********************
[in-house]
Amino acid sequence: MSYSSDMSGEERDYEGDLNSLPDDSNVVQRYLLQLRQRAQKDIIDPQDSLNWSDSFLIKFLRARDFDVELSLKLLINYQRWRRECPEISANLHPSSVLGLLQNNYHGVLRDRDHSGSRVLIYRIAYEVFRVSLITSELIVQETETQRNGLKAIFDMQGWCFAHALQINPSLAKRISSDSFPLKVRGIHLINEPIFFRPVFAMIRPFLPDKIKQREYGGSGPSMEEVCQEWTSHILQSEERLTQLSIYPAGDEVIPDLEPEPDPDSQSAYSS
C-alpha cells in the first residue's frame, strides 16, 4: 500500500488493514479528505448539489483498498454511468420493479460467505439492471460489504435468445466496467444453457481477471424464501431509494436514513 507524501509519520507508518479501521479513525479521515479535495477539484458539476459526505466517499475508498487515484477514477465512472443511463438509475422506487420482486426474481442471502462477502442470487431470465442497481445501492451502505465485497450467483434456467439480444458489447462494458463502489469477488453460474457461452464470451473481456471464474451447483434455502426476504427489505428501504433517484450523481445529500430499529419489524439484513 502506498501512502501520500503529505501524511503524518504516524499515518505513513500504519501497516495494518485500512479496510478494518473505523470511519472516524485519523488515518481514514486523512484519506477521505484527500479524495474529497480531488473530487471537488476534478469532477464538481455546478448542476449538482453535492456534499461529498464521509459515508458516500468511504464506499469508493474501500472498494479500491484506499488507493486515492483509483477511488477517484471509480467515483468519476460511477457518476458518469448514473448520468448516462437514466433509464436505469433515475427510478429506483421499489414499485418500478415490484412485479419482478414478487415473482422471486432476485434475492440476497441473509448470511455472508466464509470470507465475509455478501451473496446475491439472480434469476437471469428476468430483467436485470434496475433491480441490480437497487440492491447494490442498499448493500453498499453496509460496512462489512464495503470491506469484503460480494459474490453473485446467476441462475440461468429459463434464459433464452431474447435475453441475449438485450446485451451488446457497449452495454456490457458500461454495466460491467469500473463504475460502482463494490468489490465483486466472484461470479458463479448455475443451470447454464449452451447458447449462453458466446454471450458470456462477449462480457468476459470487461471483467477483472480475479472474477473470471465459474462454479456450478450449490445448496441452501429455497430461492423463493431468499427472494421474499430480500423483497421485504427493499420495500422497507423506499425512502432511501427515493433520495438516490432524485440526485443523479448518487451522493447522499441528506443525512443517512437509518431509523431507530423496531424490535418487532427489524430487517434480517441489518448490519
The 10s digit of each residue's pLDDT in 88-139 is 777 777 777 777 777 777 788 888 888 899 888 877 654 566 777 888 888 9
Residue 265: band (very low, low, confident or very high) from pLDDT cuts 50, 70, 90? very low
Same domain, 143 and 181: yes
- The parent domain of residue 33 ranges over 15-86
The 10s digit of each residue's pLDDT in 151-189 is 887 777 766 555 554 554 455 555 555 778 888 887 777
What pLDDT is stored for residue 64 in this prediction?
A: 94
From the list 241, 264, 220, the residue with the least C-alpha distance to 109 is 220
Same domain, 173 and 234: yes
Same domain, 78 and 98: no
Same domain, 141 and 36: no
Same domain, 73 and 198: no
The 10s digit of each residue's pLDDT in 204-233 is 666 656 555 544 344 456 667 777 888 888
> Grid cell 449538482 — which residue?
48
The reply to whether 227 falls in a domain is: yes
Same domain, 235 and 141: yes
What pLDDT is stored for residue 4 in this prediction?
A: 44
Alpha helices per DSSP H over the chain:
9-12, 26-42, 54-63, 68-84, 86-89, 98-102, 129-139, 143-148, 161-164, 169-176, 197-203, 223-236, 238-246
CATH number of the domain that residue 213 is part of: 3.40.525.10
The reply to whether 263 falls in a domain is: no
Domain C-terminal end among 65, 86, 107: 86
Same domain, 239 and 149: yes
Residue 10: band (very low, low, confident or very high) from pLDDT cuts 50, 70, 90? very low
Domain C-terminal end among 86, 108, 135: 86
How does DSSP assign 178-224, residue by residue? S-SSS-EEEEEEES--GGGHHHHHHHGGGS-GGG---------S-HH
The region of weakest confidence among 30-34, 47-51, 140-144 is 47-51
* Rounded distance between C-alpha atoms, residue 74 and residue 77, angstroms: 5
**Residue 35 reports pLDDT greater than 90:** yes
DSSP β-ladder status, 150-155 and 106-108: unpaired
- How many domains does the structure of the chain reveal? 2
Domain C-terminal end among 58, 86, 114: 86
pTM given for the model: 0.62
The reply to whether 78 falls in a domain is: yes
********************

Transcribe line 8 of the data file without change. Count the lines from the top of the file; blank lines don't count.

The 10s digit of each residue's pLDDT in 151-189 is 887 777 766 555 554 554 455 555 555 778 888 887 777